The 2D LC-LC system consisted of an Accela low-pressure gradient solvent delivery unit and an Accela auto liquid sampler (ALS) as LC1 (Thermo Scientific, Belgium). LC2 was a high-pressure gradient system made up of two LC-20AD pumps with a microvolume mixer and a DGU-20A degasser (Shimadzu Benelux, The Netherlands). The MS was a TSQ Quantum Ultra triple-quadrupole mass spectrometer with a HESI 2 ion source (Thermo Scientific, Belgium).

First-dimension separation was afforded by a Supelco Ascentis C18 column (50 × 2.1 mm, 3-μm particle size) with an Ascentis Express C18 guard column (5 × 2.1 mm, 2.7 μm; Sigma-Aldrich, Germany) at isocratic conditions of 38 % B at 200 μL/min and 40 °C. To prevent the build-up of late eluting substances, a 1.5-min step-up to 90 % B after elution of the analyte was included. Mobil phase A was water/FA (999/1, v/v) and B was ACN/FA (999/1, v/v).

A Supelco Ascentis phenyl column (50 × 2.1 mm, 3 μm) at isocratic conditions of 53 % B at 200 μL/min and room temperature was used for the second-dimension separation. Here, a step-up to 100 % B for 1.5 min was also included in the gradient. Second-dimension mobile phase A was water/NH4FA pH 3.7 (999/1, v/v) and B ACN/water/NH4FA pH 3.7 (900/99/1, v/v/v). The addition of NH4FA led to the suppression of [AFB1 + Na]+ and increase in [AFB1 + H]+.

The integrated six-port, two-position divert valve of the TSQ Quantum Ultra was used for the transfer of the heart-cut of the first-dimension separation to the second-dimension column. To achieve this, a 100-μL loop was used to trap the analyte eluting from the first-dimension column. During preliminary tests, the switching time was determined by connecting the outlet of the loop directly to the MS. The retention time of the front of the analyte peak minus the delay caused by the internal volume of the ESI probe and the tubing is the run time at which the analyte peak fills the loop. After switching the content of the loop was loaded in reverse onto the phenyl column which was installed between the valve and the ion source.

For 1D separations, the Shimadzu solvent delivery system was connected to the Accela ALS and a Supelco Ascentis Express C18 column (75 × 2.1 mm, 2.7 μm) with an Ascentis Express C18 guard column (5 × 2.1 mm, 2.7 μm). Mobile phase A and B were identical with the second-dimension conditions above. Separation was performed isocratically at 35 % B, 300 μL/min, and 40 °C.

The MS ion source settings are listed in Table 1. The MS analyzer was used in selected reaction monitoring (SRM) mode with argon as collision gas at 0.2 Pa (1.5 mTorr) and the monitored ions are listed in Table 2. Scan cycle time was set to 0.7 s for the seven transitions measured to record >30 scans per peak.
Table 1

Ion source settings of the mass spectrometer; the gas flows are in arbitrary flow units (afu.)



Cap temp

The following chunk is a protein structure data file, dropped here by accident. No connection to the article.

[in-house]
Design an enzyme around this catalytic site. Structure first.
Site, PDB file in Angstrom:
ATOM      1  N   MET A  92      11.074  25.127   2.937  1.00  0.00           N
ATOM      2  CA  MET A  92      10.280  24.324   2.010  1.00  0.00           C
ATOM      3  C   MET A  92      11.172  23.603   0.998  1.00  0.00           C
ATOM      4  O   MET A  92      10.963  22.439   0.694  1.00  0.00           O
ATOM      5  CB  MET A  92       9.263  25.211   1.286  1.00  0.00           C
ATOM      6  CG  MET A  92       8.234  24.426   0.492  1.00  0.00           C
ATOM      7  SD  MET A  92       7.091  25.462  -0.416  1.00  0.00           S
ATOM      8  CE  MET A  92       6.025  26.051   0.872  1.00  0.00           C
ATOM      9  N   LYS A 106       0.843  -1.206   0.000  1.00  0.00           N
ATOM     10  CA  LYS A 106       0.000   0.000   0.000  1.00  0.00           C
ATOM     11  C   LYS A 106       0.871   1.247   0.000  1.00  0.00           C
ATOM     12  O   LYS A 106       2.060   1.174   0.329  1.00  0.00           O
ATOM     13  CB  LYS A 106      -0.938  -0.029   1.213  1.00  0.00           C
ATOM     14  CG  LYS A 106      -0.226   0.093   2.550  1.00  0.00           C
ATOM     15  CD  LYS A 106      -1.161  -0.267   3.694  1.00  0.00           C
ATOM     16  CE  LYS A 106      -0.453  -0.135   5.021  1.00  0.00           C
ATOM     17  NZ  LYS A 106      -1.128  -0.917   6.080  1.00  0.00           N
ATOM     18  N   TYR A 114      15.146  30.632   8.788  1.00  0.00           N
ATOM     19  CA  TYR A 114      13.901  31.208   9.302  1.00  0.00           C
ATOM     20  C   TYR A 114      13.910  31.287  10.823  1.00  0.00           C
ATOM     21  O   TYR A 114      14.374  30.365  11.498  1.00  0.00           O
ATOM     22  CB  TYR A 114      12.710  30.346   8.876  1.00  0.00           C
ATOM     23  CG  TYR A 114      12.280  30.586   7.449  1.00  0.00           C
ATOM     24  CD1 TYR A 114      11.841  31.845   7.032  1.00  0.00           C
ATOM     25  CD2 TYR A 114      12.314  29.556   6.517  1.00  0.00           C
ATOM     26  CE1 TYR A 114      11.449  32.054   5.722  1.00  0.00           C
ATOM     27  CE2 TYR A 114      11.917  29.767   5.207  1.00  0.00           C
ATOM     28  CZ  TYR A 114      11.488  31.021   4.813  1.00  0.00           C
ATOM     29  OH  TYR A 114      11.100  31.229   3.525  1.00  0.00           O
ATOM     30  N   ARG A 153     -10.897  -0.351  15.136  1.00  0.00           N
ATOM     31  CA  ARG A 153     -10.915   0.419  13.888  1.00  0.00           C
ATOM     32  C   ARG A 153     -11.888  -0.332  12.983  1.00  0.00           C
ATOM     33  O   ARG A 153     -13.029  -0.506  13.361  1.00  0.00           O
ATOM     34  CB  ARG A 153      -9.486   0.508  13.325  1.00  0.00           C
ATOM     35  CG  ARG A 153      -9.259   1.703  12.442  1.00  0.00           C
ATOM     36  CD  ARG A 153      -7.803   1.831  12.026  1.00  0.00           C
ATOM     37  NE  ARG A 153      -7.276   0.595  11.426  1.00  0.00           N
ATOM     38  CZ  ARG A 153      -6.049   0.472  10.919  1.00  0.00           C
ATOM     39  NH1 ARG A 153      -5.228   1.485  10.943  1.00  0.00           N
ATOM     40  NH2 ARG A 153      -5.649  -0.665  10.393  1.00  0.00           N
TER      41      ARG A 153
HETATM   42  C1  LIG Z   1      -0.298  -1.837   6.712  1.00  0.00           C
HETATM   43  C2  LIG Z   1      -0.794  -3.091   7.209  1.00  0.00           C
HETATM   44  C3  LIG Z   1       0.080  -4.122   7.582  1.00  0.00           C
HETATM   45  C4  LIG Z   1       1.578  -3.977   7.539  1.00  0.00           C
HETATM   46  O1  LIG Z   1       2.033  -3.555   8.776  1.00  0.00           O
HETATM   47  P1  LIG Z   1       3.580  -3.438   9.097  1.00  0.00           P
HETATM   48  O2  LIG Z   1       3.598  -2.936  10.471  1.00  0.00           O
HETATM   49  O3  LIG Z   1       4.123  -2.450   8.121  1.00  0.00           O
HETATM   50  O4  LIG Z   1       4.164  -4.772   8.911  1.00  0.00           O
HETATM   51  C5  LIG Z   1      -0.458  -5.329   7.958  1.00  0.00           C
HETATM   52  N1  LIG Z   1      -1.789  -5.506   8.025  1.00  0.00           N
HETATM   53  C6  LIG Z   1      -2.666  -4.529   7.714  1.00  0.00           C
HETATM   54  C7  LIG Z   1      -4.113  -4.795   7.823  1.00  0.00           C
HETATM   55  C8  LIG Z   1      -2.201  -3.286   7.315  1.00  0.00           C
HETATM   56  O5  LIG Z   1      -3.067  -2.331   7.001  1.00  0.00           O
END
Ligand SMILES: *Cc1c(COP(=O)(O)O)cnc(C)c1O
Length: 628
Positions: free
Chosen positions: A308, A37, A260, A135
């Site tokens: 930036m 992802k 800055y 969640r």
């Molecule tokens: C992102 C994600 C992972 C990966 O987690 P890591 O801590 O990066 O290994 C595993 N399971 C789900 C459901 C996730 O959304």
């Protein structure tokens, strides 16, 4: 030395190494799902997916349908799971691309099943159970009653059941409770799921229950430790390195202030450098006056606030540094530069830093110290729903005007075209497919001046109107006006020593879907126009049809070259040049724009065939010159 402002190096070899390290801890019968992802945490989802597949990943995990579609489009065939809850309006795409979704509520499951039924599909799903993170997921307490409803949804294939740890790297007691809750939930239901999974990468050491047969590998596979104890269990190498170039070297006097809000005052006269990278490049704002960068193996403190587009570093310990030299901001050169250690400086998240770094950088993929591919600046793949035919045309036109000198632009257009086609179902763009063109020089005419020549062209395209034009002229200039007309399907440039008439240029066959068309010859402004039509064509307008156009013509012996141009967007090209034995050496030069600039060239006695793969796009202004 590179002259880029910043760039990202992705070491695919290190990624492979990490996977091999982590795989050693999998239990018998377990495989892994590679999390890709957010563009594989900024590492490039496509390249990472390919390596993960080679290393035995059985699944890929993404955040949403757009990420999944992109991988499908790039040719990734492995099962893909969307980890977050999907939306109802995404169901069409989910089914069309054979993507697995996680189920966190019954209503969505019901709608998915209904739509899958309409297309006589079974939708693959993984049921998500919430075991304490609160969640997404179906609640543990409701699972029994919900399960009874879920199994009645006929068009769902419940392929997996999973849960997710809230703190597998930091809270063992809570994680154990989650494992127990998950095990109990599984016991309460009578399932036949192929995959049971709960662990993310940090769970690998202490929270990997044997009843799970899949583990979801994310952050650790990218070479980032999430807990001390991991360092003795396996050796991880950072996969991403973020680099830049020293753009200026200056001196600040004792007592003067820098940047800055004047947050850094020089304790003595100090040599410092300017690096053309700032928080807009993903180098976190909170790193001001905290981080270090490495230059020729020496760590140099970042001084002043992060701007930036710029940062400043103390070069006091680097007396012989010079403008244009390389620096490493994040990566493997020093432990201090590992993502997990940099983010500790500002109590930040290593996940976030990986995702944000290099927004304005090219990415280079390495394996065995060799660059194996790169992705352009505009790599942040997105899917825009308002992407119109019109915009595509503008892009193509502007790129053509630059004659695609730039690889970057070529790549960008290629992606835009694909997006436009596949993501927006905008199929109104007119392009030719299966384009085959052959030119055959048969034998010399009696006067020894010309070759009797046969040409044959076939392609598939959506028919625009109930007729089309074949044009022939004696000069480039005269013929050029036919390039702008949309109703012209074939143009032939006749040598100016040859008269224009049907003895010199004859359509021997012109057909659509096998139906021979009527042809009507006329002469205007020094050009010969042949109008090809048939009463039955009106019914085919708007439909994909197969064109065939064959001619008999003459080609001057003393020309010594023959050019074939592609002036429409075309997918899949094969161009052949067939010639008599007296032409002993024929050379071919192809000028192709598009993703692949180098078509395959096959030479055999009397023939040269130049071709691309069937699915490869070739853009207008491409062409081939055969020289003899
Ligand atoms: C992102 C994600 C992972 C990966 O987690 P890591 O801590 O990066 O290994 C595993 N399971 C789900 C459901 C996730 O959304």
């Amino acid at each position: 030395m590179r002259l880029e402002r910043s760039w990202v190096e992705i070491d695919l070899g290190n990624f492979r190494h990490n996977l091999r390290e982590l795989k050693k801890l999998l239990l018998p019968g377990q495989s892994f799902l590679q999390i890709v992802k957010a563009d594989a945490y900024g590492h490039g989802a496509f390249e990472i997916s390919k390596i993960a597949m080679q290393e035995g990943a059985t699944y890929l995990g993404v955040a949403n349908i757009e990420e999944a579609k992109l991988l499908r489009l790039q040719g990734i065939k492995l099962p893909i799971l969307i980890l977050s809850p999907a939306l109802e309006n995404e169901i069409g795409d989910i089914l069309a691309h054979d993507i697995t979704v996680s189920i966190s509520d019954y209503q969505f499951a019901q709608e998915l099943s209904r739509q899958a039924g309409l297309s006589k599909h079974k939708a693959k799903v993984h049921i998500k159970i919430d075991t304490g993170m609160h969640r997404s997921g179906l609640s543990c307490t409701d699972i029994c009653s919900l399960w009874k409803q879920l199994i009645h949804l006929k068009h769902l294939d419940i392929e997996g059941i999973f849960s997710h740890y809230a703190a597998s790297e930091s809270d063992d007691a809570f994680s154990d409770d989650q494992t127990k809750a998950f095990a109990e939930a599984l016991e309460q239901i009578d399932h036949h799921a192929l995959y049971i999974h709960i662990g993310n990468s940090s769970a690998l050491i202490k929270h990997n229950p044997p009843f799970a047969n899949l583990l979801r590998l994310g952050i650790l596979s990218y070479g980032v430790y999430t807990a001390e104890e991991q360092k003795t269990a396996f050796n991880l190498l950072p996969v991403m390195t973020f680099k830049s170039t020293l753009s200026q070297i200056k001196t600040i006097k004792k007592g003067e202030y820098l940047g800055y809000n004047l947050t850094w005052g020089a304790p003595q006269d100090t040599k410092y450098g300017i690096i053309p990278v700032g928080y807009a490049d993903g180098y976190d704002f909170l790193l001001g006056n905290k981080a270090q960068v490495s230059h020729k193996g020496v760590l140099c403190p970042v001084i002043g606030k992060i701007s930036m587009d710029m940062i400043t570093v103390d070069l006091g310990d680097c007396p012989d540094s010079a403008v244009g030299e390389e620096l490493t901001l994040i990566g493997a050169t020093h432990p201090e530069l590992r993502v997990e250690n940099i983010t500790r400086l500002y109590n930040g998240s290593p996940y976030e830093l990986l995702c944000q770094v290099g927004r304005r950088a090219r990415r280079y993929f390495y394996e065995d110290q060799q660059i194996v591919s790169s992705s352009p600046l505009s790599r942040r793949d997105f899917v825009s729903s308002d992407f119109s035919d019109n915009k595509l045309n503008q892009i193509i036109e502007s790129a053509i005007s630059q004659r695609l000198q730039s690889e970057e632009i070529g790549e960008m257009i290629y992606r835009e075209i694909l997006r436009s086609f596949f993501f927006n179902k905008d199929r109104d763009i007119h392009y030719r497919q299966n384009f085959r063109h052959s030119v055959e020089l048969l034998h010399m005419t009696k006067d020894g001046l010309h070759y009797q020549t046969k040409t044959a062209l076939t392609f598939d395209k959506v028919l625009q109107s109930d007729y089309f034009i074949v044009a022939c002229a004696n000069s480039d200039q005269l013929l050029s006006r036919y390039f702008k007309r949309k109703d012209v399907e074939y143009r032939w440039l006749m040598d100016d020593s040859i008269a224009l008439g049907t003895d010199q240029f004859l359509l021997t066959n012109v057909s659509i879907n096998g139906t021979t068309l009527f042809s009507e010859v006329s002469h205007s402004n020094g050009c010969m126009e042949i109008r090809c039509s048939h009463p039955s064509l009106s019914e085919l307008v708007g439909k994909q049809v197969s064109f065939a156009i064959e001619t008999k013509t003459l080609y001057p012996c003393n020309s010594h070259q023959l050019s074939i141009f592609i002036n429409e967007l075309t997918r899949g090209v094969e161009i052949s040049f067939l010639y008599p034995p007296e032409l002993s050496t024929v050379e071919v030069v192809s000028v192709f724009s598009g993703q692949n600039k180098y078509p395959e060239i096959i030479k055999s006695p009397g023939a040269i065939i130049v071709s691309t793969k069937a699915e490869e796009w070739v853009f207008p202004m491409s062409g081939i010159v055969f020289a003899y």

320 °C

Vap temp

250 °C

Spray voltage

2.4 kV


10 V

Ion sweep gas

10 afu.

Aux gas

10 afu.

Sheath gas

30 afu.

Tube lens offset

110 V

Table 2

Ions monitored by MS during SRM: the protonated species [M+H]+ was selected as precursor at unit resolution


Precursor (m/z)

Product (m/z)

Collision energy (V)





























Blend preparation

To minimize potential within-unit inhomogeneities, the entirety of each test unit (ca. 30 g) of each material was additionally comminuted/homogenized for 15 min with a Mortar Grinder with a hard porcelain grinding set (Retsch, Haan, Germany).

The sample blend (SB) consisted of 2 g test material weighed into a 50-mL conical screw-cap polypropylene centrifuge tube (VWR, Belgium) to which 4 mL of water was added. After the material was fully suspended by vortex mixing, the spike was weighed in. The amount of spike was chosen such that the observed isotope ratio in the SB (R B ) of the total ion current (TIC) of analyte ion over spike ion would be near unity.

Calibration blends (CB) consisted of 2 g of a matched analyte-free material. After suspending in 4 mL of water, the same amount of spike as in the SB was added. Then, AFB1 was weighed in such that the observed isotope ratio in the CB (R Bc ) would also be near unity. All weighing was performed with an analytical balance of readability d = 0.01 mg (Sartorius ME235S, Belgium) and weights were recorded with full precision. The balance is recertified annually by the manufacturer and checked daily with a 1-g weight of Class E2 with full traceability to the SI unit.

From each of the three units of the baby food and maize test materials, two SBs were prepared for a total of six SBs per material. Of the feed test material, one unit was used up for preliminary tests and of the remaining two units, three SBs each were prepared for a total of six SBs. One matching CB was prepared per test unit, .i.e., three CBs for baby food, three CBs for maize, and two CBs for feed.

Preparation of injection solutions and measurements